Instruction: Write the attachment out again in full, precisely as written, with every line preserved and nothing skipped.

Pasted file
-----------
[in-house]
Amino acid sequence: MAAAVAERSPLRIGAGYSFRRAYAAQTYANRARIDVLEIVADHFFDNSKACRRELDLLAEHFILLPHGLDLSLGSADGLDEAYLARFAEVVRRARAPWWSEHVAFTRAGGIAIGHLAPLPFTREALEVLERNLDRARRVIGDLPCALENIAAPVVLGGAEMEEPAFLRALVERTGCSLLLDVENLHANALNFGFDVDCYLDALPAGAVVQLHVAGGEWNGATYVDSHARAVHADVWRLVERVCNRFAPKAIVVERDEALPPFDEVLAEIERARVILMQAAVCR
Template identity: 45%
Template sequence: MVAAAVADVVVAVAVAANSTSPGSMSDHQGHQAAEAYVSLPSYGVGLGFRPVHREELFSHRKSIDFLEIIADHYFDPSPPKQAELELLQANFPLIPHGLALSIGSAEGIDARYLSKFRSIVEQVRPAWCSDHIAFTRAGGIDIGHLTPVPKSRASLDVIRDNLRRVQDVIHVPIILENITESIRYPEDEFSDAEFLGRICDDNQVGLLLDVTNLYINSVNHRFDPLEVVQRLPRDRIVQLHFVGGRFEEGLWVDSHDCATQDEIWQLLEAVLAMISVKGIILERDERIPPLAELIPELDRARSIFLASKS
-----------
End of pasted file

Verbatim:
[in-house]
Amino acid sequence: MAAAVAERSPLRIGAGYSFRRAYAAQTYANRARIDVLEIVADHFFDNSKACRRELDLLAEHFILLPHGLDLSLGSADGLDEAYLARFAEVVRRARAPWWSEHVAFTRAGGIAIGHLAPLPFTREALEVLERNLDRARRVIGDLPCALENIAAPVVLGGAEMEEPAFLRALVERTGCSLLLDVENLHANALNFGFDVDCYLDALPAGAVVQLHVAGGEWNGATYVDSHARAVHADVWRLVERVCNRFAPKAIVVERDEALPPFDEVLAEIERARVILMQAAVCR
Template identity: 45%
Template sequence: MVAAAVADVVVAVAVAANSTSPGSMSDHQGHQAAEAYVSLPSYGVGLGFRPVHREELFSHRKSIDFLEIIADHYFDPSPPKQAELELLQANFPLIPHGLALSIGSAEGIDARYLSKFRSIVEQVRPAWCSDHIAFTRAGGIDIGHLTPVPKSRASLDVIRDNLRRVQDVIHVPIILENITESIRYPEDEFSDAEFLGRICDDNQVGLLLDVTNLYINSVNHRFDPLEVVQRLPRDRIVQLHFVGGRFEEGLWVDSHDCATQDEIWQLLEAVLAMISVKGIILERDERIPPLAELIPELDRARSIFLASKS